Proposals for euro wide government bonds would leave more prudent countries such as Germany funding countries like Italy and mean there would be no incentive for fiscal reforms in countries whose budget deficits have ballooned, Deutsche Bank Chief Executive Josef Ackermann said on Sunday.
I do not think eurobonds would be a good solution, yet, he said in a speech on global financial regulation in Seoul.
An EU official told Reuters last week the European Commission will propose on Wednesday much tighter control of euro zone countries' budgets and closer economic monitoring which, if proven to work, could lead in a few years to some form of eurobonds.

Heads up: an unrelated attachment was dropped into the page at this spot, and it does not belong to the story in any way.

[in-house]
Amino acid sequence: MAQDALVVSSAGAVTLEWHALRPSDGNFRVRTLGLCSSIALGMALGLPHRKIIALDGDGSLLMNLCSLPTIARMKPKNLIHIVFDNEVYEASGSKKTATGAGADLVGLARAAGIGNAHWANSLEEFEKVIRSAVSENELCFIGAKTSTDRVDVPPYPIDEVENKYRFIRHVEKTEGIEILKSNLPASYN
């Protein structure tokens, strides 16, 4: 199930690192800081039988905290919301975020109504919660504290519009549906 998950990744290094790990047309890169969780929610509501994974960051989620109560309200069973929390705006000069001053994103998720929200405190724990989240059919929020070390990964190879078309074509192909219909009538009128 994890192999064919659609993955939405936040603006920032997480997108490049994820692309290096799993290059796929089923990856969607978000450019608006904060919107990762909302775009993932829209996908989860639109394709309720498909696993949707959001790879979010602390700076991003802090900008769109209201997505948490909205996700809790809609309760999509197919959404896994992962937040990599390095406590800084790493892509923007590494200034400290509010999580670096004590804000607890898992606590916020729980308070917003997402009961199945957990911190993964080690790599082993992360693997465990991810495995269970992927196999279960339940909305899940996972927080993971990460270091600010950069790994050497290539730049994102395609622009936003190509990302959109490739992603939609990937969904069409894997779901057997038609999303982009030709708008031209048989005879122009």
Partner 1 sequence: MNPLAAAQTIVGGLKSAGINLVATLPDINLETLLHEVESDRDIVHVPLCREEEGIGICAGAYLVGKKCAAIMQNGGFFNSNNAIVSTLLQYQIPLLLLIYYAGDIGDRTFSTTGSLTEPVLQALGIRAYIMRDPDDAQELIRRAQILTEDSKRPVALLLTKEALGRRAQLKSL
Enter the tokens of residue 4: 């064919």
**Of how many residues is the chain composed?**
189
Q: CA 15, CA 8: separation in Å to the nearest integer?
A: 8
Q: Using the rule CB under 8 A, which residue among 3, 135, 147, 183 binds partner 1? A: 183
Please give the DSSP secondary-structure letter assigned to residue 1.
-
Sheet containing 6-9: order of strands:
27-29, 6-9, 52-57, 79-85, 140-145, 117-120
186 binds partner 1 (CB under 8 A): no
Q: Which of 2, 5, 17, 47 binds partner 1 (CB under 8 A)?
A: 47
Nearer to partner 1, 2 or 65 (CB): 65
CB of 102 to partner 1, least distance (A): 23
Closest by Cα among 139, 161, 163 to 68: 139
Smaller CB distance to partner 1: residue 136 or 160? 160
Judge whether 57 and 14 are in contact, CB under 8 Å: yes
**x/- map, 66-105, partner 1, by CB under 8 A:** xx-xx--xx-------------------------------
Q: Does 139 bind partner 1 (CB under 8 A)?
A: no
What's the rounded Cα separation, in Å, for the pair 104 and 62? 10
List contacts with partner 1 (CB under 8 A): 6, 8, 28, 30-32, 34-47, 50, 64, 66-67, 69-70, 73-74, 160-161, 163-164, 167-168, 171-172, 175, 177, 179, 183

Ackermann told the audience of bankers and academics in Seoul that he believed that a reformist new government in Italy was capable of taking action needed on the budget and if it did, the country would be able to return to financial markets.
Italy can get its house in order and will be able to raise funds.
Italian borrowing costs have surged to unsustainable levels above seven percent in recent weeks although they had fallen back sharply by Friday.
Ackermann reiterated his opposition to the European Central Bank undertaking quantitative easing measures, saying that fighting inflation remained a major concern, especially for German voters.
(Reporting by Ju-min Park; Editing by David Chance)